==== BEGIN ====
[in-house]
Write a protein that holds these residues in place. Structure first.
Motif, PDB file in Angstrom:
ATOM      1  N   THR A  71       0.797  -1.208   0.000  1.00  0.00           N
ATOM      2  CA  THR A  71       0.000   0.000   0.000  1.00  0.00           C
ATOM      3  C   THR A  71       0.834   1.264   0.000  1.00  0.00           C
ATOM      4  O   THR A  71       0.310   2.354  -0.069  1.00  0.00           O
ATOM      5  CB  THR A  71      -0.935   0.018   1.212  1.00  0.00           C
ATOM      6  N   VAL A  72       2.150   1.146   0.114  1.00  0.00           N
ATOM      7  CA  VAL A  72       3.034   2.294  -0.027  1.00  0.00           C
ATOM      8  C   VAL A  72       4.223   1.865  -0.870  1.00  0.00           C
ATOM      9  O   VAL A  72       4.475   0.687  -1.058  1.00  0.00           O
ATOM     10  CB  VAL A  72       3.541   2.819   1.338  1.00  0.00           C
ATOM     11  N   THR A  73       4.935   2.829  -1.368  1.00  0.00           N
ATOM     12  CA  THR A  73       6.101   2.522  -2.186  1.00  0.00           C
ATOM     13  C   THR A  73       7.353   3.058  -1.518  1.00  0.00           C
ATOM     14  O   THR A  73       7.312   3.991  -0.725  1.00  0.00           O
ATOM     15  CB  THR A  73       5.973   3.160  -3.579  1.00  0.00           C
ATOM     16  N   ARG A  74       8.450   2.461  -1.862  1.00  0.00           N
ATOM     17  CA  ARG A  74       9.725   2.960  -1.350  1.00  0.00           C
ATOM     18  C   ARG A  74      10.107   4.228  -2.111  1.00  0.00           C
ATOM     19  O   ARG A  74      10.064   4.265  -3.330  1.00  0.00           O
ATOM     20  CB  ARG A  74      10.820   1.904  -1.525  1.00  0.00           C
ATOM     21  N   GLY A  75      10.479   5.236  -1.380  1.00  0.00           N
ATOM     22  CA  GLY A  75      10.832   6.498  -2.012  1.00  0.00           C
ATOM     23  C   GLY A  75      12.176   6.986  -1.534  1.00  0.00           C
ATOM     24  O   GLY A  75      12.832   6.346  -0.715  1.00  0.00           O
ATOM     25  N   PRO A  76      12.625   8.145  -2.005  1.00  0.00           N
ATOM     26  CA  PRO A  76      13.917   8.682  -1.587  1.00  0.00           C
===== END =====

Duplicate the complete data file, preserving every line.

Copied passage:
[in-house]
Write a protein that holds these residues in place. Structure first.
Motif, PDB file in Angstrom:
ATOM      1  N   THR A  71       0.797  -1.208   0.000  1.00  0.00           N
ATOM      2  CA  THR A  71       0.000   0.000   0.000  1.00  0.00           C
ATOM      3  C   THR A  71       0.834   1.264   0.000  1.00  0.00           C
ATOM      4  O   THR A  71       0.310   2.354  -0.069  1.00  0.00           O
ATOM      5  CB  THR A  71      -0.935   0.018   1.212  1.00  0.00           C
ATOM      6  N   VAL A  72       2.150   1.146   0.114  1.00  0.00           N
ATOM      7  CA  VAL A  72       3.034   2.294  -0.027  1.00  0.00           C
ATOM      8  C   VAL A  72       4.223   1.865  -0.870  1.00  0.00           C
ATOM      9  O   VAL A  72       4.475   0.687  -1.058  1.00  0.00           O
ATOM     10  CB  VAL A  72       3.541   2.819   1.338  1.00  0.00           C
ATOM     11  N   THR A  73       4.935   2.829  -1.368  1.00  0.00           N
ATOM     12  CA  THR A  73       6.101   2.522  -2.186  1.00  0.00           C
ATOM     13  C   THR A  73       7.353   3.058  -1.518  1.00  0.00           C
ATOM     14  O   THR A  73       7.312   3.991  -0.725  1.00  0.00           O
ATOM     15  CB  THR A  73       5.973   3.160  -3.579  1.00  0.00           C
ATOM     16  N   ARG A  74       8.450   2.461  -1.862  1.00  0.00           N
ATOM     17  CA  ARG A  74       9.725   2.960  -1.350  1.00  0.00           C
ATOM     18  C   ARG A  74      10.107   4.228  -2.111  1.00  0.00           C
ATOM     19  O   ARG A  74      10.064   4.265  -3.330  1.00  0.00           O
ATOM     20  CB  ARG A  74      10.820   1.904  -1.525  1.00  0.00           C
ATOM     21  N   GLY A  75      10.479   5.236  -1.380  1.00  0.00           N
ATOM     22  CA  GLY A  75      10.832   6.498  -2.012  1.00  0.00           C
ATOM     23  C   GLY A  75      12.176   6.986  -1.534  1.00  0.00           C
ATOM     24  O   GLY A  75      12.832   6.346  -0.715  1.00  0.00           O
ATOM     25  N   PRO A  76      12.625   8.145  -2.005  1.00  0.00           N
ATOM     26  CA  PRO A  76      13.917   8.682  -1.587  1.00  0.00           C